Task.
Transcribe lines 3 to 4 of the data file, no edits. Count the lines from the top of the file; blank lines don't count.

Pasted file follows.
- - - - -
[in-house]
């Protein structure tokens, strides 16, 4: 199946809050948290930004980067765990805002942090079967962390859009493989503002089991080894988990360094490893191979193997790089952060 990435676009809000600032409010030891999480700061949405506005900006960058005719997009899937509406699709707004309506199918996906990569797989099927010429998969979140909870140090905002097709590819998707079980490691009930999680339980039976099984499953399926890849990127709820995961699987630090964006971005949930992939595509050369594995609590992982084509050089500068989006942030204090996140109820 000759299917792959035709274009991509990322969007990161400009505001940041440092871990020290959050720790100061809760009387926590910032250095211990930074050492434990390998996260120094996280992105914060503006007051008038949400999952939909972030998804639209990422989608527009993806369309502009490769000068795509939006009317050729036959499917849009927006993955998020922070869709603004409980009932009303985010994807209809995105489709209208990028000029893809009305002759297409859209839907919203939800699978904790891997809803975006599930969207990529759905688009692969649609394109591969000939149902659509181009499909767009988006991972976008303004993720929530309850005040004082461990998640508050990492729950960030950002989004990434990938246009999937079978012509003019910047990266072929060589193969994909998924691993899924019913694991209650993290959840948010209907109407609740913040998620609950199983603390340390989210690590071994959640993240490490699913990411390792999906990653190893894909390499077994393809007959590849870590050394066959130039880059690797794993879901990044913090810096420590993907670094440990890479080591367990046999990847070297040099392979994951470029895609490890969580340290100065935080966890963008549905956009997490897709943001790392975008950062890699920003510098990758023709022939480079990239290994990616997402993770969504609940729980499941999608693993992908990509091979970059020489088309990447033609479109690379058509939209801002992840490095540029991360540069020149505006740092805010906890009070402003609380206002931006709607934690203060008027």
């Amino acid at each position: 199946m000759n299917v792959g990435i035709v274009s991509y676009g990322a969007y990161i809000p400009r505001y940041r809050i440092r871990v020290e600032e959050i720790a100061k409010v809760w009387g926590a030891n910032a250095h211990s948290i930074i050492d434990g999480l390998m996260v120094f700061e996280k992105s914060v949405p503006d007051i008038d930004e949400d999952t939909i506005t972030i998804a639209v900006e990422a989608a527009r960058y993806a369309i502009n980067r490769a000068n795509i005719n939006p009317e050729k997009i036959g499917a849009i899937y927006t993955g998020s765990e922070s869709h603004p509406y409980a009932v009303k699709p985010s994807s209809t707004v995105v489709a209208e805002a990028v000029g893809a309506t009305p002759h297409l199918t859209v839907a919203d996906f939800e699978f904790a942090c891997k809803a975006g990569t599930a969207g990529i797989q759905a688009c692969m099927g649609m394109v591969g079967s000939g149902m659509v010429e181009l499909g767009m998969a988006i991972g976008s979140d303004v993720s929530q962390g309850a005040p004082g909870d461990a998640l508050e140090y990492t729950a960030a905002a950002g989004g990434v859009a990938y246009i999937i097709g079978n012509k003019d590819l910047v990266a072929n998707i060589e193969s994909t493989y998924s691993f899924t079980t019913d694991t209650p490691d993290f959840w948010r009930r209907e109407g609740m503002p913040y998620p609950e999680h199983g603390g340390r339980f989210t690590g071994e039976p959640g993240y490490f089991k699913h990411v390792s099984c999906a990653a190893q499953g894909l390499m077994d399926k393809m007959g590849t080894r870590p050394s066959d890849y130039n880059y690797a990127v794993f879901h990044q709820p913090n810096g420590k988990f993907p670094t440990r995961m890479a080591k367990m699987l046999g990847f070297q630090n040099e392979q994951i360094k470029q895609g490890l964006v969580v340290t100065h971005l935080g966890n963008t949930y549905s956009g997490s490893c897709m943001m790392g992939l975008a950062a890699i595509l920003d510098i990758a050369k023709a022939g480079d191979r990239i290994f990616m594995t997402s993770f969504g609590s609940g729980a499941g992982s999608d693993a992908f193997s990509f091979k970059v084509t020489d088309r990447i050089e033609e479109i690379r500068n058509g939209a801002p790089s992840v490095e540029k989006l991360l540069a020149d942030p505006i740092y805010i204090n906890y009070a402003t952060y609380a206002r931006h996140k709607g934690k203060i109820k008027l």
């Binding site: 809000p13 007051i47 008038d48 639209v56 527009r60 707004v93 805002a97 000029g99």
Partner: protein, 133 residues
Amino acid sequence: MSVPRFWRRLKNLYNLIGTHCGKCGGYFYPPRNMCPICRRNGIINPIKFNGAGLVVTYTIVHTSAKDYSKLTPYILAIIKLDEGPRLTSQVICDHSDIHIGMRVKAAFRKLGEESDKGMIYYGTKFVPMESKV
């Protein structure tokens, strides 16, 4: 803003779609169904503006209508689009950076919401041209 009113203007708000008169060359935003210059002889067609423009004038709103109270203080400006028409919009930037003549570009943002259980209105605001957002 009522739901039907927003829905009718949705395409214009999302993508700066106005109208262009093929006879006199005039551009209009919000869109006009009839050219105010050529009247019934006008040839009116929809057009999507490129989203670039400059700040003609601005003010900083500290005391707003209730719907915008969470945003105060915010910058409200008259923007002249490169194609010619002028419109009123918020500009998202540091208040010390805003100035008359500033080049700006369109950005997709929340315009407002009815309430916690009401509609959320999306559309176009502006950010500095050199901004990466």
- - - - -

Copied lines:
């Amino acid at each position: 199946m000759n299917v792959g990435i035709v274009s991509y676009g990322a969007y990161i809000p400009r505001y940041r809050i440092r871990v020290e600032e959050i720790a100061k409010v809760w009387g926590a030891n910032a250095h211990s948290i930074i050492d434990g999480l390998m996260v120094f700061e996280k992105s914060v949405p503006d007051i008038d930004e949400d999952t939909i506005t972030i998804a639209v900006e990422a989608a527009r960058y993806a369309i502009n980067r490769a000068n795509i005719n939006p009317e050729k997009i036959g499917a849009i899937y927006t993955g998020s765990e922070s869709h603004p509406y409980a009932v009303k699709p985010s994807s209809t707004v995105v489709a209208e805002a990028v000029g893809a309506t009305p002759h297409l199918t859209v839907a919203d996906f939800e699978f904790a942090c891997k809803a975006g990569t599930a969207g990529i797989q759905a688009c692969m099927g649609m394109v591969g079967s000939g149902m659509v010429e181009l499909g767009m998969a988006i991972g976008s979140d303004v993720s929530q962390g309850a005040p004082g909870d461990a998640l508050e140090y990492t729950a960030a905002a950002g989004g990434v859009a990938y246009i999937i097709g079978n012509k003019d590819l910047v990266a072929n998707i060589e193969s994909t493989y998924s691993f899924t079980t019913d694991t209650p490691d993290f959840w948010r009930r209907e109407g609740m503002p913040y998620p609950e999680h199983g603390g340390r339980f989210t690590g071994e039976p959640g993240y490490f089991k699913h990411v390792s099984c999906a990653a190893q499953g894909l390499m077994d399926k393809m007959g590849t080894r870590p050394s066959d890849y130039n880059y690797a990127v794993f879901h990044q709820p913090n810096g420590k988990f993907p670094t440990r995961m890479a080591k367990m699987l046999g990847f070297q630090n040099e392979q994951i360094k470029q895609g490890l964006v969580v340290t100065h971005l935080g966890n963008t949930y549905s956009g997490s490893c897709m943001m790392g992939l975008a950062a890699i595509l920003d510098i990758a050369k023709a022939g480079d191979r990239i290994f990616m594995t997402s993770f969504g609590s609940g729980a499941g992982s999608d693993a992908f193997s990509f091979k970059v084509t020489d088309r990447i050089e033609e479109i690379r500068n058509g939209a801002p790089s992840v490095e540029k989006l991360l540069a020149d942030p505006i740092y805010i204090n906890y009070a402003t952060y609380a206002r931006h996140k709607g934690k203060i109820k008027l």
């Binding site: 809000p13 007051i47 008038d48 639209v56 527009r60 707004v93 805002a97 000029g99």